Do Yourself a Favor: Don't Procrastinate on Open Enrollment

Fall is one of the most welcome times of the year, but one aspect of the season may be less than welcome: open enrollment. Many Americans put off reviewing their corporate benefits until the last moment, giving their options only a cursory glance. In its 2017 WorkForces Report, Aflac, an insurance provider, found that 83 percent of employees spent less than an hour researching their options. What’s more, 92 percent simply checked off on the same benefits they had the previous year.

Employee benefits serve as an important safety net. Take the time to review the details of your options so you can choose the plans that best meet your needs. The process may feel cumbersome, but the peace of mind knowing that you protected you and your family can make the extra work worth it.

Below are some key points to keep in mind for your benefits:

Health Insurance

Health care premiums have increased—but not by the double digits that previous years witnessed. The Kaiser Family Foundation reports that annual premiums have risen by an average of 3 percent this year.

Kaiser also reports, however, that employees are paying an average of $5,714 annually toward their coverage.  That is not an insignificant amount, which underscores the importance of paying attention to the details.

To decide which option is right for you, consider your needs for health care over the past year: How often did you and your family visit the doctor? What prescription medications do you take?

Also, consider changes the coming year may bring: Do you anticipate a surgery? Are you planning to have a baby?

Once you have an idea about your health care needs, study your options to determine the coverage that meets those needs. If you don’t go to the doctor a lot, you might take advantage of the lower monthly premiums provided by high-deductible health plans (HDHPs). Plus, with an HDHP, you can open a health savings account (see the next section). If you need more comprehensive coverage, then a preferred-provider plan may be your best bet.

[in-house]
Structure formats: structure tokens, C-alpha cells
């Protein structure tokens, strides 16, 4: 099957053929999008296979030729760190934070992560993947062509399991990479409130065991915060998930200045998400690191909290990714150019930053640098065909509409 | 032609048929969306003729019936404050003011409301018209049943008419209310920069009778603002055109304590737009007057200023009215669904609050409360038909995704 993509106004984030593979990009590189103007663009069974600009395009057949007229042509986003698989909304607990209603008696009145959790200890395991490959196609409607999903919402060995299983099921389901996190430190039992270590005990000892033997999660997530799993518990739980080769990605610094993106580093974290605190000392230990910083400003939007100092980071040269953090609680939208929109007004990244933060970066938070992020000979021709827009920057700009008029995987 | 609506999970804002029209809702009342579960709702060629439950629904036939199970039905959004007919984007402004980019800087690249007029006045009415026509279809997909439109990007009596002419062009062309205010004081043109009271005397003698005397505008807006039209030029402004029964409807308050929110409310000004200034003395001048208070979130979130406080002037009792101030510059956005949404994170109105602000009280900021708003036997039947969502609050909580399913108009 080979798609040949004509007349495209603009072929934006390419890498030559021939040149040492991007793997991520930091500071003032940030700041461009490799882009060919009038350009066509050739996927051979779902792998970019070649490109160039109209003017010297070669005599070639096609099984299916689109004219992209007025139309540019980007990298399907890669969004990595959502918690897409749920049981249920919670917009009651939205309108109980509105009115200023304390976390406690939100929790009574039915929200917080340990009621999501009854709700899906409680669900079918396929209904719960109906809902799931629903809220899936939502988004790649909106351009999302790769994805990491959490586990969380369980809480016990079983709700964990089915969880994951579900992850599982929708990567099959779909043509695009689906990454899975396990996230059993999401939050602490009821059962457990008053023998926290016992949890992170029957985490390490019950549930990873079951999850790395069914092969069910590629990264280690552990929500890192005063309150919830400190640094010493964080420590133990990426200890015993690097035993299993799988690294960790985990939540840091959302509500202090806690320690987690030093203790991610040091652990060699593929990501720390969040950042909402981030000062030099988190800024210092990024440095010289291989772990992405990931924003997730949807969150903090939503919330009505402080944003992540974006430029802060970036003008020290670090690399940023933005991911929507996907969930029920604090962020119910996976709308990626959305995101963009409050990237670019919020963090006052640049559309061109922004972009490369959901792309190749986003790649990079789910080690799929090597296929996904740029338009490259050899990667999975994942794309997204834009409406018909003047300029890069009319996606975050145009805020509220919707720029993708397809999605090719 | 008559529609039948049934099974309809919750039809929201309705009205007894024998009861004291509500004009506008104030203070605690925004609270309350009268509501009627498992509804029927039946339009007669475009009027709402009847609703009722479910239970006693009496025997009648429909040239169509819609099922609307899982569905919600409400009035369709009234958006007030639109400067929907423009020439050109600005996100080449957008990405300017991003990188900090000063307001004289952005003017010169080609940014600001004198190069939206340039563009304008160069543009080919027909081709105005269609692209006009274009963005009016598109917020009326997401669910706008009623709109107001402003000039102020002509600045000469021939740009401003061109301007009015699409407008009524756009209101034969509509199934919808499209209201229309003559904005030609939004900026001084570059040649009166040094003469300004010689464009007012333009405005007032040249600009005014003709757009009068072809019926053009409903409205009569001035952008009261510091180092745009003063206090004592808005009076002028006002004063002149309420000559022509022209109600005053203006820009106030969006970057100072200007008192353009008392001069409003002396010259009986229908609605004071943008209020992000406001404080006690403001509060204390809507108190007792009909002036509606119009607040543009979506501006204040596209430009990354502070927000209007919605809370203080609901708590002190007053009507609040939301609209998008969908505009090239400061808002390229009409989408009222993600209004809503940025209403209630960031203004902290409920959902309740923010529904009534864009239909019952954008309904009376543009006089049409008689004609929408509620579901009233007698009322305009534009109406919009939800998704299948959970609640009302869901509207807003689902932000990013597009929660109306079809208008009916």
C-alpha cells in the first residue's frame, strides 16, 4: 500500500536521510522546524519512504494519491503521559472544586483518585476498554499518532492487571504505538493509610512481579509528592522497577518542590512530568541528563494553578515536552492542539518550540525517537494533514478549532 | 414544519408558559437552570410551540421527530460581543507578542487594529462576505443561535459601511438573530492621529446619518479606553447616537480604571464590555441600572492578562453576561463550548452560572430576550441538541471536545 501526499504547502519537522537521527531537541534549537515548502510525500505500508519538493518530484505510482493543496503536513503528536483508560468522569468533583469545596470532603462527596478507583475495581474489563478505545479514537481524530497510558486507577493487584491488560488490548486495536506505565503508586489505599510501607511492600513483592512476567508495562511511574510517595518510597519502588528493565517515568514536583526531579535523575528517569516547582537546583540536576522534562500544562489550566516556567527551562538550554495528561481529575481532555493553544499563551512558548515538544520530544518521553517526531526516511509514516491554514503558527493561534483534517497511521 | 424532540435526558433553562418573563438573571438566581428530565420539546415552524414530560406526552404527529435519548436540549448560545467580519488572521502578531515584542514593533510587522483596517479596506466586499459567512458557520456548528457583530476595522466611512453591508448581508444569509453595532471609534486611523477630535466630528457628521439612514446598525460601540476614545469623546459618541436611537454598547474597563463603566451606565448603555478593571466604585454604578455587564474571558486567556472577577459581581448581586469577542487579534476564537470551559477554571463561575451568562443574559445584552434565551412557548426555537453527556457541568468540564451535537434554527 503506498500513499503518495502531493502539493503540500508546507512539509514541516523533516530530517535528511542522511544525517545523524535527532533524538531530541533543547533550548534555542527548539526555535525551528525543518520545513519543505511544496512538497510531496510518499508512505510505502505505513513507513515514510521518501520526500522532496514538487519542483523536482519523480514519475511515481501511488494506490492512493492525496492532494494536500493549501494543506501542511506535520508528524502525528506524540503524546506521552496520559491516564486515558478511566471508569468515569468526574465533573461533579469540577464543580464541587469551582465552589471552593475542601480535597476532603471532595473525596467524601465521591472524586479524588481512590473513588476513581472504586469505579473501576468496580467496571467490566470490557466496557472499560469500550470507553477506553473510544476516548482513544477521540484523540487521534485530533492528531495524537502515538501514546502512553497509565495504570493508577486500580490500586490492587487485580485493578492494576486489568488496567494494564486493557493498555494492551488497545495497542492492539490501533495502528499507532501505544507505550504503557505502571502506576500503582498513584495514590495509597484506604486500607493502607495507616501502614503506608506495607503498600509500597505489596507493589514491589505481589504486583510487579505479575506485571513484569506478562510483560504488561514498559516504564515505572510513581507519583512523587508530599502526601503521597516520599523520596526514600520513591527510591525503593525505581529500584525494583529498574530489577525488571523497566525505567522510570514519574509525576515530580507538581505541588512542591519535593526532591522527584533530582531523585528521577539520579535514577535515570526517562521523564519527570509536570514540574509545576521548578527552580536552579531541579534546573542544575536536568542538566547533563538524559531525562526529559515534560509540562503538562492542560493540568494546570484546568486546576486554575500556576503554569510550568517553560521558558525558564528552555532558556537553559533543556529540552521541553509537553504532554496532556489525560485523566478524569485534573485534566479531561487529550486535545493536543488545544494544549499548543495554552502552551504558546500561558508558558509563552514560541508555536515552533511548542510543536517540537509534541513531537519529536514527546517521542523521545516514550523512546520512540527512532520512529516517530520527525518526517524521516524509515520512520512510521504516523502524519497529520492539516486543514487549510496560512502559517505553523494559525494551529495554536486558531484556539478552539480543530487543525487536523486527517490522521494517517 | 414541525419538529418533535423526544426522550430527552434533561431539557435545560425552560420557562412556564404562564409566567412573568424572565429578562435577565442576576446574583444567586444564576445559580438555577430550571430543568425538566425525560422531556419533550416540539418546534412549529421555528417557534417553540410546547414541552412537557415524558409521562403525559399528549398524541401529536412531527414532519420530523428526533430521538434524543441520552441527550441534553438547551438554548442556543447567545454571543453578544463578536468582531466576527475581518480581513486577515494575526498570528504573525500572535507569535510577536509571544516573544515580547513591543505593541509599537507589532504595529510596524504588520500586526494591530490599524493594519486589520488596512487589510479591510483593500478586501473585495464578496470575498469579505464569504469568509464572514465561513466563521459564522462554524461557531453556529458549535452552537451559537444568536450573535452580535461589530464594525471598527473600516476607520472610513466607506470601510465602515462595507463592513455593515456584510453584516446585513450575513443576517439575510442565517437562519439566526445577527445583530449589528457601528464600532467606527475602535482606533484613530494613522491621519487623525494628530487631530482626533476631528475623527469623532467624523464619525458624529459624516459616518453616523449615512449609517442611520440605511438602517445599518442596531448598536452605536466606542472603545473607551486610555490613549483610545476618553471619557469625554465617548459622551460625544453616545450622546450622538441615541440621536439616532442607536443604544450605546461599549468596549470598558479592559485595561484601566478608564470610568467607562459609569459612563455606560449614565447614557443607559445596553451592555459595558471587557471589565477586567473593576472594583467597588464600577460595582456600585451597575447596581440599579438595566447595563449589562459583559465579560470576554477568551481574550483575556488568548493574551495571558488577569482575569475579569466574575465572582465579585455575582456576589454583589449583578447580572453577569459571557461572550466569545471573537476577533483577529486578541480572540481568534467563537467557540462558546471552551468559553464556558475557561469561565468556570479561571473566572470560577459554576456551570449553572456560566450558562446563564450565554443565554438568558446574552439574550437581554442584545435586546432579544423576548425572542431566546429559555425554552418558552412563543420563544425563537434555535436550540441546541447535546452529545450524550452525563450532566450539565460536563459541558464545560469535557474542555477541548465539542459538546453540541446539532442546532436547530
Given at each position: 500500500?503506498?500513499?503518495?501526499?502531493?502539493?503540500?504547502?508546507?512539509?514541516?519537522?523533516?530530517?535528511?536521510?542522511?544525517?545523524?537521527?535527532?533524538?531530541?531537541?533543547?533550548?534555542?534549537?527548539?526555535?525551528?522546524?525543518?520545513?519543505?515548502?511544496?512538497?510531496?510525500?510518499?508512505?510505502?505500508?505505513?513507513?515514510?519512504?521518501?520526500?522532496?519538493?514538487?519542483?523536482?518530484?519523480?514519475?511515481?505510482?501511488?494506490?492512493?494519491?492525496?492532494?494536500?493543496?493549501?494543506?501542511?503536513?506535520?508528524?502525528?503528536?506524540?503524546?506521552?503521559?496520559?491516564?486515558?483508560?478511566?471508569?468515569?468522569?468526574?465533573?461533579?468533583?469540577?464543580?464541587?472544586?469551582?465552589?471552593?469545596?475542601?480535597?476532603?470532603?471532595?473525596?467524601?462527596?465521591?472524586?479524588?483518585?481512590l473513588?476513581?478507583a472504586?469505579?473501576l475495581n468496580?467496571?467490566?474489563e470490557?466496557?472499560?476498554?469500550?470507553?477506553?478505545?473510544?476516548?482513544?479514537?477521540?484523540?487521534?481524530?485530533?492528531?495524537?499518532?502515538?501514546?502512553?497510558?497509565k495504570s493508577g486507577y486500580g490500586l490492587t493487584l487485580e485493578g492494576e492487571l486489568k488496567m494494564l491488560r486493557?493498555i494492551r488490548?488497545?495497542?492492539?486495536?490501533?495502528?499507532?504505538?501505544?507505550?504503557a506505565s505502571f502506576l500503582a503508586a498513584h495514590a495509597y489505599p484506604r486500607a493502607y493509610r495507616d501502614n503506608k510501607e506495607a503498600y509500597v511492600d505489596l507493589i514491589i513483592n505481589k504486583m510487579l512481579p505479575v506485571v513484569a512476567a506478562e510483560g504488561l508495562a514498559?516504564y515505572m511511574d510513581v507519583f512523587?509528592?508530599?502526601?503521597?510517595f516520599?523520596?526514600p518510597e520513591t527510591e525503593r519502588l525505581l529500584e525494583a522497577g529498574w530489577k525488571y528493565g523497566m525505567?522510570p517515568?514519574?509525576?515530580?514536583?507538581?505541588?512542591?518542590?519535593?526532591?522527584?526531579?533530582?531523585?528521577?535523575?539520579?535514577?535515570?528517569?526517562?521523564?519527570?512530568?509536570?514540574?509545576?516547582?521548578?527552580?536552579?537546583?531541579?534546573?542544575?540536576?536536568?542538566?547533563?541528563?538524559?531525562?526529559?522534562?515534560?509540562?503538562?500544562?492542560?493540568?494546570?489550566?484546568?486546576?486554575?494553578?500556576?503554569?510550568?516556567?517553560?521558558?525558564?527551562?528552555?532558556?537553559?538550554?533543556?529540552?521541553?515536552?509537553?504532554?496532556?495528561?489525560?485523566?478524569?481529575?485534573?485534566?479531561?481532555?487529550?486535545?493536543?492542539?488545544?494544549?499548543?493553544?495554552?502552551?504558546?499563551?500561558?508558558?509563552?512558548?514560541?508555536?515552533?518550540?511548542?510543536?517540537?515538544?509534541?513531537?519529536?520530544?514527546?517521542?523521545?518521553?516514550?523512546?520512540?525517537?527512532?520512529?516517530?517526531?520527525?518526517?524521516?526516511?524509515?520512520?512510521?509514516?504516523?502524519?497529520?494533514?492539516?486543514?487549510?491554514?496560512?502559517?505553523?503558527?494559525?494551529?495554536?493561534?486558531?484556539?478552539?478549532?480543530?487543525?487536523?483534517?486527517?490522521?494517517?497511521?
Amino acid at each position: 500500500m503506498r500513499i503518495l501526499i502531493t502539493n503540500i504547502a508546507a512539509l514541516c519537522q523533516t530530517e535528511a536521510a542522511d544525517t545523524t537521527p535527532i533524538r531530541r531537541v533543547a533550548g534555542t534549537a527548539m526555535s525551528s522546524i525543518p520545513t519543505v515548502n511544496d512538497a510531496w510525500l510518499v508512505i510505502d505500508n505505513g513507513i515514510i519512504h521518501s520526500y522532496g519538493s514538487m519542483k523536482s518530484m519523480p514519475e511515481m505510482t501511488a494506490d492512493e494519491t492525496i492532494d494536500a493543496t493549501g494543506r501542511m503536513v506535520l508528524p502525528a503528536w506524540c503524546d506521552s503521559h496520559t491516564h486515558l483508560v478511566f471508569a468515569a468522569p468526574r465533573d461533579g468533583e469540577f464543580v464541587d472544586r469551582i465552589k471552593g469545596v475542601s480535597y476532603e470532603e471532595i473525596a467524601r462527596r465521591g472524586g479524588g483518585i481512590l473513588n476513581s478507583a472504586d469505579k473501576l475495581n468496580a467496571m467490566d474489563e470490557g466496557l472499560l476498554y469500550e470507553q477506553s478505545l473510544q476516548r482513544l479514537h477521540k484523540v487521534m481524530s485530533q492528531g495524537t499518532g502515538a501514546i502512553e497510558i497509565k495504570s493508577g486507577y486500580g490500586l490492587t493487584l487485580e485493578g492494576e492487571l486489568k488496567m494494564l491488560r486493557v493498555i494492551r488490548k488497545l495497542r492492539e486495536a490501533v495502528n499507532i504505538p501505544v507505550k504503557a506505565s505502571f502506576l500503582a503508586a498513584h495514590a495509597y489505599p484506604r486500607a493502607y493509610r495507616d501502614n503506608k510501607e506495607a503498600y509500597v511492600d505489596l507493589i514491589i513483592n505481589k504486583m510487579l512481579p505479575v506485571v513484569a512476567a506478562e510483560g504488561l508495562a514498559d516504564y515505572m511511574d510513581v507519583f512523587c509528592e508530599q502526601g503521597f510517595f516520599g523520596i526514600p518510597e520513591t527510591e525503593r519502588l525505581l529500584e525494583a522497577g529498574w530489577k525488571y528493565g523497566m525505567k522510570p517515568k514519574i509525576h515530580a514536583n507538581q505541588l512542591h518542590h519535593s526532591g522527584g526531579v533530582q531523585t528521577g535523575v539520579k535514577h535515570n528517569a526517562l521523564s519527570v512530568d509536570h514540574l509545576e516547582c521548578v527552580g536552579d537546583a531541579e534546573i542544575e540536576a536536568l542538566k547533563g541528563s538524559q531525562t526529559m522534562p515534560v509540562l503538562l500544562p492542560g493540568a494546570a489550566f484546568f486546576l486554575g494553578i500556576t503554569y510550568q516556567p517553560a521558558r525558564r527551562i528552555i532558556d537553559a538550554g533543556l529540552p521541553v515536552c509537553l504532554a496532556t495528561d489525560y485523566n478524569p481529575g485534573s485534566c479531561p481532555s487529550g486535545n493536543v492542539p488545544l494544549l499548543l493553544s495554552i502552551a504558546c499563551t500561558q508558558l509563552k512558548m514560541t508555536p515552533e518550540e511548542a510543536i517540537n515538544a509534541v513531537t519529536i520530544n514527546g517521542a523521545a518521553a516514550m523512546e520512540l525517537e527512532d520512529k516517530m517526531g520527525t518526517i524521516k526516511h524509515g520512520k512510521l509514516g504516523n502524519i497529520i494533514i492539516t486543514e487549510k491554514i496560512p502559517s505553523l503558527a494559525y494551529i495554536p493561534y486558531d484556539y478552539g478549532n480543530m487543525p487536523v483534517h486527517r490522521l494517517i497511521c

If you decide to select the same plan that you had in the previous year, make sure to review any changes to the plan. You don’t want to get surprised by a spike in the cost of one of your medications!

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Health Care Accounts

Employers are increasingly offering two types of accounts that can help you pay for your medical expenses: flexible spending accounts (FSAs) and health savings accounts (HSAs).

  • FSAs: You fund an FSA with pre-tax dollars and then use the money to pay for qualified expenses. A potential issue with the FSA is that you have to use all the money you save within the calendar year—i.e., the money can’t be carried over to the next year. Because of this, you may be tempted to make unnecessary purchases just to use up the money. That’s why we advise that FSA accounts be used for predictable expenses only, such as prescriptions or child care coverage.
  • HSAs: Unlike FSAs, HSAs (which are designed to cover the costs of high-deductible health plans) allow you to carry over your unused contributions into the following years. Because of this, many people use HSAs as part of their retirement planning. They contribute to their HSA during their working years while paying for their medical expenses out of pocket, with the intention of using the HSA to fund qualified medical expenses in retirement. Regardless of whether you use your HSA now or in the future, it offers a triple tax-exempt advantage: tax-free contributions, investment growth, and withdrawals.

 Life and Disability Insurance

With company insurance plans, your boss will pay a portion of the costs, reducing the expense to you. However, you should weigh your career plans before opting for your company’s life or disability insurance.

Group plans often do not have as comprehensive coverage as individual plans, and you probably won’t be able to customize your employee plan. Plus, if you qualify for preferred life insurance underwriting status, you may get a less expensive plan with better coverage than your employer’s offer.

If you anticipate leaving your job within the coming year, then buying private insurance may be a better option. On the other hand, employer plans do not carry medical qualifications. You won’t have to undergo a medical exam—a consideration if you are older or have a pre-existing condition.

Finally, most employers offer a maximum amount for life insurance benefits, which is generally one to two times your salary, and a monthly limit of $5,000 to $10,000 for disability insurance. Would these amounts take care of your family’s needs if you were unable to? If not, then consider private insurance.

A Final Note

Open enrollment is an ideal time to double-check your beneficiaries. Births, marriages, divorces—big life changes may necessitate changes to your designated beneficiaries. Use this time to make sure yours are up to date.

Beneficiary designations for retirement plans and life insurance have both a primary and a secondary (or contingent) beneficiary. The primary beneficiary would usually be a spouse, and the secondary beneficiary is commonly a trust for minor children or direct to adult children.

Your situation is unique, of course. Consult with your financial planner or estate planning attorney for specific recommendations.